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1986. 57. New York: Springer Verlag. 1990. Network theory for chemical processes. 2003. Mineola. 14 we get s t wT f x From which we get the conservation law for the entropy s t w Tf x Entropy Flux fT w x wT (A1) Entropy Generation The second law of thermodynamics stated in the local form is easily derived from Eq. Chemical Engineering. Onsager and Prigogine were both awarded Nobel prizes for contributing to LIT: Onsager for having established symmetry of the conductance parameters using microscopic reversibility. A1 and inequality (Eq. Gilles ED. 1981. Englewood Cliffs. NJ: Prentice Hall Professional Technical 1996.34:683-696. 59. Ruskowski M. Prigogine I. Phys Rev. Amsterdam: Elsevier. Alonso AA. Studies in Network Thermodynamics. Process networks. Astarita G. AIChE J. this does not imply linearity since we still allow for nonlinear phase behavior as given by for example by the Peng-Robinson equation of state. 50. 18 we have ˆ U ˆ V ˆ M1 ˆ M2 T f T conv X u d dx 1/T P/T 1 /T 2 /T By writing this expression out term by term and using the fact ˙ M we get that u T f convX m U ˙ ˆ d 1 dx T ˆ V d P dx T ˆ M1 d 1 dx T ˆ M2 d 2 dx T Vol. Wei J.24. 1999. Hoboken. New York: Academic Press. Machlup S. 61. Ind and Eng Chem. 56. 63. 58. Nonequilibrium Thermodynamics and its Statistical Foundations. 12 AIChE Journal . 65. 1998. Applications to Nonlinear Partial Differential Equations and Hamiltonian Systems. 54. sipation. and nonlinear convection.47. Khalil K. Hangos KM. Berlin: Springer-Verlag. Peusner L. 64. Physica.21:121-132. 2005. Thermodynamics: an advanced textbook for chemical engineers. 1963. 67. Oxford: Clarendon Press. 60. Gelfand IM. Ydstie BE. Prigogine for having established the principle of minimum entropy production using Onsager symmetry as his point of departure. Calculus of variations. 1995. 2005 51. Carnegie Mellon University. Comp Chem Eng. Non-Equilibrium Stability Theory.91. 2001. No. Appl Math Sci Ser. Modern thermodynamics: From heat engines to dissipative structures. 62. 1970. Process Modeling and Model Analysis.58:55-60. Ydstie BE. Passivity Based Control of Transport-Reaction Systems: Application to Silicon Production. Ottinger HC. It states that the rate of entropy generation is positive so that S f TX wT 0 (A2) Appendix: Review of Classical Irreversible Thermodynamics and Symmetry of the Linear Laws In this appendix we revisit two classical problems in linear irreversible thermodynamics (LIT). Variational methods. 52.36 By using the flow decomposition (Eq. Robust inventory control of process systems. New York: Springer Verlag. The second problem concerns the question of whether or not steady-state thermodynamics can be formulated via a variational principle. 55. 1998. Mathematical Control Theory. Distributed decision making in complex networks: The adaptive enterprise. 1992. as well as chemical reaction are assumed to be linear. NY: Dover Publications. 1966. Nonlinear Systems. JJ Slotine. Onsager L. Inc. Ydstie BE. 53. 49. A2). On contraction analysis for nonlinear systems.63 The entropy density is defined so that for any nonempty volume V S V sdV We can now use HLE write s t s z z t wT z t By using the transport Eq. Prigogine I. Kondepudi DK. NJ: Wiley Interscience. 51. Praha. Glansdorff P. By combining Eq. Irreversible thermodynamics in engineering. 1990. The ideas are closely related to the principles of le Chatelier-Braun and Maxwell’s theorem of minimum heat dis3164 December 2005 where the thermodynamic forces X are defined in Eq 18.46:344-366. 15) we have from Assumption A2 S T f convX T fdiffX wT 0 Using the definition of the forces in Eq. Cameron IT. Straughan B. Sontag ED. 1953. Struwe M. Fomin SV. Automatica. PhD. stability. Jillson KR. New York : John Wiley & Sons. 45:802-816. Paper to be presented in IFAC World Congress: Czech Republic. The first problem concerns the issue of stability. The energy method. Perkins JD. Chem Eng Tech. Ydstie BE. 66. 48. Boston: American Control Conference. Hangos K. Wang J. 2004.91:1301-1308. Texts in Applied Mathematics 6. A very readable account of these ideas can be found in the book by Kondepudi and Prigogine (1995). Lohmiller W. Note that while the constitutive laws for heat and mass transport. Thermodynamic approach to the structural stability of process plants. Beyond equilibrium thermodynamics. A1. 2005. 1992. Fluctuations and irreversible processes. Kreuzer HJ. New York: Plenum Press. and integrating we obtain the celebrated Clausius-Planck inequality which was used as the starting point for the stability theory by Ydstie and Alonso (1997).

51. get nr S f diff X T X i 1 i T i 2 1 T u x 2 0 0 and that the eigenvalues of L and K are sufficient that nonnegative since T is positive7. say B. the result does not say anything about fluid flow stability since the Lyaponov function(al) does not include the momentum... A8 and A9. 16 we have u 1 P T x 1 u P T x nr i i 1 wT T i 2 1 T u x 2 The first two terms represent reversible work and they cancel. and reaction where 1 nr m T . . necessary and AIChE Journal December 2005 Vol. We note that while the dissipation due to fluid flow has been included. A5 and A6) and constant boundary conditions is stable. Proof: This follows immediately from Result R3 since Assumption A3 is satisfied. No. T 2A B7C The first term in expression (Eq. We now want to address the issue of Onsager reciprocity (symmetry of L) and see how symmetry is related to Prigogine’s “principle of minimum entropy production”.63 showed that chemical reactions (not necessarily equilibrium reactions) can be modeled using affinities. r (A9) and for the reactive terms we get R Km (A6) The affinity is equal to zero if reaction j is at equilibrium (Sandler. write the entropy production as a quadratic form X TLX mT Km 1 T u x 2 v kjk jA j j 1 v kjk j v ij i T This we can write on the vector matrix form 0 (A7) 7 Any square matrix. From expression (Eq. therefore. Strict positivity of L implies that the resistance matrix R L 1 is bounded which it means that the medium has some conductivity. S 2 In order to satisfy the second law for all possible variations in forces and intensive variables it is. de Donder (Kreuzer. and write the expression for the reaction rate for component k so that nr k j 1 nr where L and K are constant matrices. It follows that inequality (A7) doesn’t imply symmetry. . therefore.Using the Gibbs-Duhem Eq. LIT assumes that the constitutive equations for diffusive flow and chemical reaction are linear. be written S f diff X T X wT 0 (A3) By using the expression Eq. We review this theory very briefly here. For example if we have n 3 and r 1. Kondepudi and Prigogine. therefore. A4) represents entropy generation due to heat conduction and diffusion.45 de Donder. Consider a system with n species and r chemical reactions. therefore. We write this decomposition so that B A S. j 1. proposed to set the reaction rate proportional to the affinity so that for reaction rj kjAj. . A3 we. We can then combine Eqs. . 1 2 and 3 The affinity of reaction j is defined so that n Aj i 1 v ij i T j 1. therefore. therefore. can be decomposed into a symmetric matrix S and an antisymmetric matrix A where A has zeros on the diagonal. since gradients cannot be sustained at all. A4) we can. We therefore have xTBx xTSx for any vector x. The second term represents entropy generation due to chemical reaction. 2. We then have n We can. 1995)48. This gives f diff LX (A5) then we have 1 1. Superconducting materials have the best stability as might be expected. A2) can. . r (A8) m 1 2 T u x 2 i 1 0 (A4) where ij is the stochiometric coefficient of species si as it enters in reaction j. 3 we conclude that T f convX 0 Inequality (Eq.. From Eq. 12 3165 . and the third term represents entropy generation due to viscous dissipation. 1981. .. 0 The stationary state of a process system with linear laws (Eqs. Result A1: Suppose that L has eigenvalues i 0. . 1996). write the local form of the second law so that f diff X T X T R v jis i S 0. .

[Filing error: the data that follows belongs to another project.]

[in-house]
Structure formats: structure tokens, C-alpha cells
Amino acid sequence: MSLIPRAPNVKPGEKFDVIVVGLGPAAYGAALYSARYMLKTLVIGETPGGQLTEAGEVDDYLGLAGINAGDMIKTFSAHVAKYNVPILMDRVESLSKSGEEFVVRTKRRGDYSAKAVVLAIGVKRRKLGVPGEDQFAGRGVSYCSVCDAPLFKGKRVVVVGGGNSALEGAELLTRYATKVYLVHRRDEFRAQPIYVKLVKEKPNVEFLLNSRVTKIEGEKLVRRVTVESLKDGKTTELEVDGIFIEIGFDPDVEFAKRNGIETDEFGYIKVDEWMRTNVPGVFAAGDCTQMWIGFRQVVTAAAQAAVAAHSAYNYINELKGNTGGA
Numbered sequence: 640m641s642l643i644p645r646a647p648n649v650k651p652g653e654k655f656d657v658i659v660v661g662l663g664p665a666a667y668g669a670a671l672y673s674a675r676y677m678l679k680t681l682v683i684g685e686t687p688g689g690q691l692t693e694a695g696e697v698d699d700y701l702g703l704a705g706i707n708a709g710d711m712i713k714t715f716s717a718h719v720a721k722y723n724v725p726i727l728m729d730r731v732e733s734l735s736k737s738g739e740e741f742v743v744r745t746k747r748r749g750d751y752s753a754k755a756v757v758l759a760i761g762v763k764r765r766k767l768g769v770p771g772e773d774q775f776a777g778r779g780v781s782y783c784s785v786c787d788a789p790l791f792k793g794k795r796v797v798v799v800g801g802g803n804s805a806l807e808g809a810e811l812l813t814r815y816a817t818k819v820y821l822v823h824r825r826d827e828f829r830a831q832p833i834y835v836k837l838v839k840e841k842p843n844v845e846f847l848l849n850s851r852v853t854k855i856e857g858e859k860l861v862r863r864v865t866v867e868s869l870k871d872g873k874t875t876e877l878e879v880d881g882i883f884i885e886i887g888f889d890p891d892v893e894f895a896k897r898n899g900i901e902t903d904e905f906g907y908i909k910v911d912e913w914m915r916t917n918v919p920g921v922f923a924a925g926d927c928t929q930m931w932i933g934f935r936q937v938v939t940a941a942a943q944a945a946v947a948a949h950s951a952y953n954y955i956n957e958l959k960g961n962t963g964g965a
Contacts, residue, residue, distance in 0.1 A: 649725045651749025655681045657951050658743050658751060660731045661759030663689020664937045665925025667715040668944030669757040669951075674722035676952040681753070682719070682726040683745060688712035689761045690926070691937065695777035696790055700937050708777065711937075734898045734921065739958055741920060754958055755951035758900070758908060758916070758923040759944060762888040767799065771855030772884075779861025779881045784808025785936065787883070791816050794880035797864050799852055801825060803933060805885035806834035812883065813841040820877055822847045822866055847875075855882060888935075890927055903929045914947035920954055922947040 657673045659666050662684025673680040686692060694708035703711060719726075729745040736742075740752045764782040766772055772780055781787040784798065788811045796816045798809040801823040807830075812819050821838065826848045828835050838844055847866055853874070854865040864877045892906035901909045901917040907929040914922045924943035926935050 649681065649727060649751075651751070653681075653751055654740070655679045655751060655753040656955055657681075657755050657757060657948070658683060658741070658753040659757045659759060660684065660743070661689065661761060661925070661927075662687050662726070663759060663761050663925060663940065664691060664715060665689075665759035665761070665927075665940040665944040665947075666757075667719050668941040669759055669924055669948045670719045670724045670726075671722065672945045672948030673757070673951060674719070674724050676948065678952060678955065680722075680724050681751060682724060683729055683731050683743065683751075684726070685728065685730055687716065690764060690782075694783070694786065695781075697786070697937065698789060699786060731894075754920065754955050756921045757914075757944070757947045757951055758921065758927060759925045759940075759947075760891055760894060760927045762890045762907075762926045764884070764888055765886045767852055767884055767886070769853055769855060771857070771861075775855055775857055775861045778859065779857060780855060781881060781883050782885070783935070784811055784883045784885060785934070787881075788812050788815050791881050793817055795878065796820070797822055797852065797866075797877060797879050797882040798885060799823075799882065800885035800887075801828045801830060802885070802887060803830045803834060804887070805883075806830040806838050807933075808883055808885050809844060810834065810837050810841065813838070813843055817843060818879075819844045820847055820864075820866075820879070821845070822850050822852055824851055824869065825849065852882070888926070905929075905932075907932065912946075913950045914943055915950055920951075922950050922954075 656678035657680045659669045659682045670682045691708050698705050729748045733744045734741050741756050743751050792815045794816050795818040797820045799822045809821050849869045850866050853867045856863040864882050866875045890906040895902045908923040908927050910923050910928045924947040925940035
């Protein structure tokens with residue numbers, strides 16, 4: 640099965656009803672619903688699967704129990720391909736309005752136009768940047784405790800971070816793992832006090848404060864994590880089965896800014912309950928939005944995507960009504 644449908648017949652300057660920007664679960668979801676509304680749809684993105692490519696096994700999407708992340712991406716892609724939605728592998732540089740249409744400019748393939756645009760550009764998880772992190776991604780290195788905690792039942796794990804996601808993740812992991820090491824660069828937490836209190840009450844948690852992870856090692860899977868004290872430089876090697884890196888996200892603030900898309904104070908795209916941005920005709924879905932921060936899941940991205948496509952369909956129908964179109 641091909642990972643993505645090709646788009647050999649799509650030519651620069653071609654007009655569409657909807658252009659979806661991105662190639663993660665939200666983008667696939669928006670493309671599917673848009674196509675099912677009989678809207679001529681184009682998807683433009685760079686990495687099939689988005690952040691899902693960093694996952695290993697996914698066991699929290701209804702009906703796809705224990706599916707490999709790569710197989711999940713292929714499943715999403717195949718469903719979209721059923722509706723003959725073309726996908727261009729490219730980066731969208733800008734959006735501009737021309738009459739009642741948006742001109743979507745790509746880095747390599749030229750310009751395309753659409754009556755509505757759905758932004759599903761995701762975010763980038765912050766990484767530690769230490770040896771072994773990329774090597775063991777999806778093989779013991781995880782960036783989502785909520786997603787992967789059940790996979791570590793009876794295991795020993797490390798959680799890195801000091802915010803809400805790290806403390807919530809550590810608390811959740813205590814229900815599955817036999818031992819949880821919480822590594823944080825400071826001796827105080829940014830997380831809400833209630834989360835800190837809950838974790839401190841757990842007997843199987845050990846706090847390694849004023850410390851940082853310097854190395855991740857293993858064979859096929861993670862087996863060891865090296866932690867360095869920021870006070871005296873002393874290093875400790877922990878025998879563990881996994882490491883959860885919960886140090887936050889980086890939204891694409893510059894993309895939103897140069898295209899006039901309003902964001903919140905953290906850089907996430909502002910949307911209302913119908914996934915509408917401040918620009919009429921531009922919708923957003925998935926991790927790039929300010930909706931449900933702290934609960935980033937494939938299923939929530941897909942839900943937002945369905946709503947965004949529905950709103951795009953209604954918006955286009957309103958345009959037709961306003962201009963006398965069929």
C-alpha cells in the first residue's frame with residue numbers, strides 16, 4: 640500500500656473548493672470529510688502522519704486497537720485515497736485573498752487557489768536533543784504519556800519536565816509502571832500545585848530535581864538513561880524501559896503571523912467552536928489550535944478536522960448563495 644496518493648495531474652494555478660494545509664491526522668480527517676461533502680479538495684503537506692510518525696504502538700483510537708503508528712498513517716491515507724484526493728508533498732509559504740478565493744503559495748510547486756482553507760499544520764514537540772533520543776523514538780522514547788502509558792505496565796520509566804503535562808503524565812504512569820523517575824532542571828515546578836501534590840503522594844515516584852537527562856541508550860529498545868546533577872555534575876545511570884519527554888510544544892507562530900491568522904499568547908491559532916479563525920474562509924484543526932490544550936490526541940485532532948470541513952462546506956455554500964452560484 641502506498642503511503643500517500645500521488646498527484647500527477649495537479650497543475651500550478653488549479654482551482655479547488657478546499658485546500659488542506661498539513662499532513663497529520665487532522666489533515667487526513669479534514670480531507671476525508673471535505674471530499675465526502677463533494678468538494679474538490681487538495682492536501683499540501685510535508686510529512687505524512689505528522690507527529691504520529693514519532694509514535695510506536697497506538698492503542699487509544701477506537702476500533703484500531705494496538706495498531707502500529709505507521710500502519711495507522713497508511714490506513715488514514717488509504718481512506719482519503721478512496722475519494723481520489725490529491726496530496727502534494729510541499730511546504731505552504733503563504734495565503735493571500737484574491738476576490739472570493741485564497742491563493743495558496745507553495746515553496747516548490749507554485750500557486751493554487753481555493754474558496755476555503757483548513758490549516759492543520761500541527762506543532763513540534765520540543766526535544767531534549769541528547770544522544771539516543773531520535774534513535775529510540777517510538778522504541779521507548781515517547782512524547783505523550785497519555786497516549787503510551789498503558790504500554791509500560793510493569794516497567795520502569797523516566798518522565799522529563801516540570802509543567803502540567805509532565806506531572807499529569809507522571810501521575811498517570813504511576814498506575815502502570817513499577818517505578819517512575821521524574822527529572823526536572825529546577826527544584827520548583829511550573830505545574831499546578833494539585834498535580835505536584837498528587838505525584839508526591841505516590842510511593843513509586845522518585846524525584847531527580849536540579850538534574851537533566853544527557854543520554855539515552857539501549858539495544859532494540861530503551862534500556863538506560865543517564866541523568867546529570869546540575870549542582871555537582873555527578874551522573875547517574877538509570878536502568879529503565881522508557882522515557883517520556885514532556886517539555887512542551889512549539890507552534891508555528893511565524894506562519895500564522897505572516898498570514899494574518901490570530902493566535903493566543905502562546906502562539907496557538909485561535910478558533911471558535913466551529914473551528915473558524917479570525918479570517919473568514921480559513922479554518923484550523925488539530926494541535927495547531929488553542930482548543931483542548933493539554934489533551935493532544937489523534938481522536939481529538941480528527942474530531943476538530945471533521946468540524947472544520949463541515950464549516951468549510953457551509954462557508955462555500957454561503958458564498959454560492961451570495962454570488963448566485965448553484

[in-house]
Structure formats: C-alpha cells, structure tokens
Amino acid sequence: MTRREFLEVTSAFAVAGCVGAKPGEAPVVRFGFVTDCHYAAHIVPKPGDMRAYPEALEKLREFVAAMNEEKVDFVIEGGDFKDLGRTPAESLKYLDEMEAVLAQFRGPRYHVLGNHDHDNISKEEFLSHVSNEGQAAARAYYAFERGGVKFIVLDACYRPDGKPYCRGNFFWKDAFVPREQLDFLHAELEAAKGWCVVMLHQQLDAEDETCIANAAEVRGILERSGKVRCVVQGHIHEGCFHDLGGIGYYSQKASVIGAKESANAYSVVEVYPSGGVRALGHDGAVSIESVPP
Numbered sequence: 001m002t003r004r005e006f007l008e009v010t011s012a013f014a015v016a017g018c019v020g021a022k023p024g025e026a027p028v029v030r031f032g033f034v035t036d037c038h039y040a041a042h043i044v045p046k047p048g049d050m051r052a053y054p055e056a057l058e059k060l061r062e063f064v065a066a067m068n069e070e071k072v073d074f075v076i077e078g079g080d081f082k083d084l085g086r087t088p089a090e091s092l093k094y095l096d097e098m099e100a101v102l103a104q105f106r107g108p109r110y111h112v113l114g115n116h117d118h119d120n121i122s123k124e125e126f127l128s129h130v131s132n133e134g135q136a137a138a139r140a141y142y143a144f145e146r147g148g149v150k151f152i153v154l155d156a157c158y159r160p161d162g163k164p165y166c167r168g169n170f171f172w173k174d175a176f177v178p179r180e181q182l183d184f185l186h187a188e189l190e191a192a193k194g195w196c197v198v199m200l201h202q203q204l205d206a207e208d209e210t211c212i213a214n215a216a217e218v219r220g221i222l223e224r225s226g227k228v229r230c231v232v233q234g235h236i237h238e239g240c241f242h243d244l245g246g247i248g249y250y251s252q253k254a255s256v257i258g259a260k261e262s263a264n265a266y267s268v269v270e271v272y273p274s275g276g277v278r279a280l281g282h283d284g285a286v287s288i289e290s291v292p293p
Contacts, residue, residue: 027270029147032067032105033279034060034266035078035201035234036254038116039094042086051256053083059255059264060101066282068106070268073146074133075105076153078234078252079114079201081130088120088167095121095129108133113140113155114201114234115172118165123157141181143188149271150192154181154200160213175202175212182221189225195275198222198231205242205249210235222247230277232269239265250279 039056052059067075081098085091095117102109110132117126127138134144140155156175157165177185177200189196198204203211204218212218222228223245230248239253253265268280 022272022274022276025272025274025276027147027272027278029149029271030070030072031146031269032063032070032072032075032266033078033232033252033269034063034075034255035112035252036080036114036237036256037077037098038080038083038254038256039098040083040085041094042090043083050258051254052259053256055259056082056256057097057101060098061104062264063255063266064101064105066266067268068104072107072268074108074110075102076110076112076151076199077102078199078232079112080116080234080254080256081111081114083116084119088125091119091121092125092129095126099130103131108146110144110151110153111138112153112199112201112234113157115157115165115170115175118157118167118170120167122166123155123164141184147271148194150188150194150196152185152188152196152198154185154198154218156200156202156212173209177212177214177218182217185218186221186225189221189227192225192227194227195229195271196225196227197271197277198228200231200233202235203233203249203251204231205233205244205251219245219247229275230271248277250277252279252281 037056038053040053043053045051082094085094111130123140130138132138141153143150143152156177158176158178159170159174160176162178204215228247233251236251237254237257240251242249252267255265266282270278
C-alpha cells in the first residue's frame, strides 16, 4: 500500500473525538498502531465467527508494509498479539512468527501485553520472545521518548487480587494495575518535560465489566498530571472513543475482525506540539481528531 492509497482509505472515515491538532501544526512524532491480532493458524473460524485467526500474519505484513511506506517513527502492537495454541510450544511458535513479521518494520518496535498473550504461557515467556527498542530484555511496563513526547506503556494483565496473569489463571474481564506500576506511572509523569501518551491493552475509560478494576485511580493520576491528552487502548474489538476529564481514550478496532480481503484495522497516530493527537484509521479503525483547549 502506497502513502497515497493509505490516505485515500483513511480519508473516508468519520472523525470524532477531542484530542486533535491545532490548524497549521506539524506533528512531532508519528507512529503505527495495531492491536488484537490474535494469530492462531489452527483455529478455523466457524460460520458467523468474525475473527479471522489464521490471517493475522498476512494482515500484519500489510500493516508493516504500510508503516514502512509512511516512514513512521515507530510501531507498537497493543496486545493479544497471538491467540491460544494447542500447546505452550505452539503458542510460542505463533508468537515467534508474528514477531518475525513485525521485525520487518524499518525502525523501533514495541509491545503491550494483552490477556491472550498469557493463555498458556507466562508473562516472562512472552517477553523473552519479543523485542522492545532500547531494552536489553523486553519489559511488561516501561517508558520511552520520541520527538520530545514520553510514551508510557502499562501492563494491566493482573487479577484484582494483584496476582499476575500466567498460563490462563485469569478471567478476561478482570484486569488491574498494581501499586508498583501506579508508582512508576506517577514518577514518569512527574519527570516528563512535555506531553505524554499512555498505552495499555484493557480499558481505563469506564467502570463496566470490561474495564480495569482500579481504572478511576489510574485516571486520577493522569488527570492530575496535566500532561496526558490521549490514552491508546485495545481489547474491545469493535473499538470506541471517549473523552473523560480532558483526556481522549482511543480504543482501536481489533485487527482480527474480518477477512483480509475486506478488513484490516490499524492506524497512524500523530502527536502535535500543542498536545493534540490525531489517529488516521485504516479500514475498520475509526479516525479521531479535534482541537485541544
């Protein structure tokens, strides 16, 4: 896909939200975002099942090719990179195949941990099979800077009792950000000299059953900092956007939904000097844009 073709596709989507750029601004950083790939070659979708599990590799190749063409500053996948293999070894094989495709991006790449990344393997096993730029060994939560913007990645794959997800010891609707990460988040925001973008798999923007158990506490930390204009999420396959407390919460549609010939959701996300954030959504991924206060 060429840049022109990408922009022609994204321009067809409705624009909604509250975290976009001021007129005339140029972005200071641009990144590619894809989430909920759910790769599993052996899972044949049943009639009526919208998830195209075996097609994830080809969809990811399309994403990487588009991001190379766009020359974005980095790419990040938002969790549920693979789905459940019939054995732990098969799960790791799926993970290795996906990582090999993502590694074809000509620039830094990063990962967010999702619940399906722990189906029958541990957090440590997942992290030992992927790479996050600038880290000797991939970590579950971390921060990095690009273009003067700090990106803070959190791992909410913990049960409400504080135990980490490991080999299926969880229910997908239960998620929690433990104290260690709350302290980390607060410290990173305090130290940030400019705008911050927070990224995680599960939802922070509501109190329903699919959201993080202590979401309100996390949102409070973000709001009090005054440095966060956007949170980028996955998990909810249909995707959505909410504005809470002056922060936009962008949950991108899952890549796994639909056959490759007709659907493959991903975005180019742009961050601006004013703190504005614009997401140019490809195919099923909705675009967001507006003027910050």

67 Another important problem with LIT is that it does not address input-output behavior.48. Kreuzer. Lars Onsager (Onsager and Machlup.48 This property prompted Prigogine to propose the principle of minimum entropy production at steady state. has limited scope for practical application (Wei. 8. to develop theory that can (1) deal with instabilities that arise due to nonlinear phenomena. 1953). Suppose now that KL 1 (L LT ) 0. heat conduction and many other phenomena that can be modeled using linear rate expressions. 1998). It is also satisfied for nonreacting systems since we then have K 0. 1984). therefore. . therefore.63 This theory was quite successful for diffusion.nr k j 1 Using the steady-state equation A12 with A13 and A14. In order to make use of the formalism for control it is necessary. is a more general principle than symmetry. A12 we get nr K j 1 kj vj vjT (A11) d dx S S X w 1 w TKL LT ) S 1 L LT (A15) Equation A10 now has the form given in Eq. The use of linear reaction is especially troublesome and LIT. we get kvv m T j j j (A10) d dx S S X w dX TL dx wT K where vj (v 1j . He was able prove the generality of the principle using example problems. Proof: We have shown above that the rate of entropy production is independent of the center of mass velocity since the Gibbs-Duhem orthogonality allows us to write X T vz 0. therefore. therefore. A15 is not equal to zero. 1966). 12 AIChE Journal . The linear theory was not successful for the analysis of systems far from equilibrium. The E – L gives the necessary and sufficient conditions for an extremum for this problem (Gelfand and Fomin.65 and it follows. . Result A2: Consider an LIT system. 51. That the extremum indeed is a minimum follows from the fact that the entropy production with linear laws is convex according to constraint (Eq. 2005. 1963). Later. Minimum entropy production. A6. argued that in LIT L must also be symmetric due to microscopic time reversibility (Kreuzer. by showing that in the linear case minimum entropy production and symmetry are equivalent. we get 0 S X w By differentiating (A7) with respect to X we have S X hence d dx Likewise S S X TL LX T d X TL dx LX T X (A13) However. The functional L 0 is minimized at steady state if and 0 S (w. 2004. Kondepudi and Prigogine. .64 however. w w TK Kw T (A14) 3166 December 2005 Vol. We can now write Using the symmetry of K and the steady-state Eq. Manuscript received July 30. Without losing generality. these are the Euler-Lagrange equations for the functional and it follows that is at an extremum. At steady state we then have d LX dx Kw (A12) Using the assumption KL d dx (L 0. Prigogine developed a local stability result by using the second-order variation of the entropy as a Lyapunov function and looked at small deviations from equilibrium steady states (Glansdorff and Prigogine. We see that the condition of Result A2 is satisfied if L is symmetric. t)dx only if KL 1 (L LT ) 0. 1981.66. It follows that K automatically is symmetric. we set u 0. that the functional is not minimized for general w. and (2) address the input output behavior as we have done is the main body of this article. we generalize the results due to Onsager and Prigogine. X. and revision received Mar. Then there exists w so that the right hand side of Eq. . x. 1970. v nj ) T . No. A7).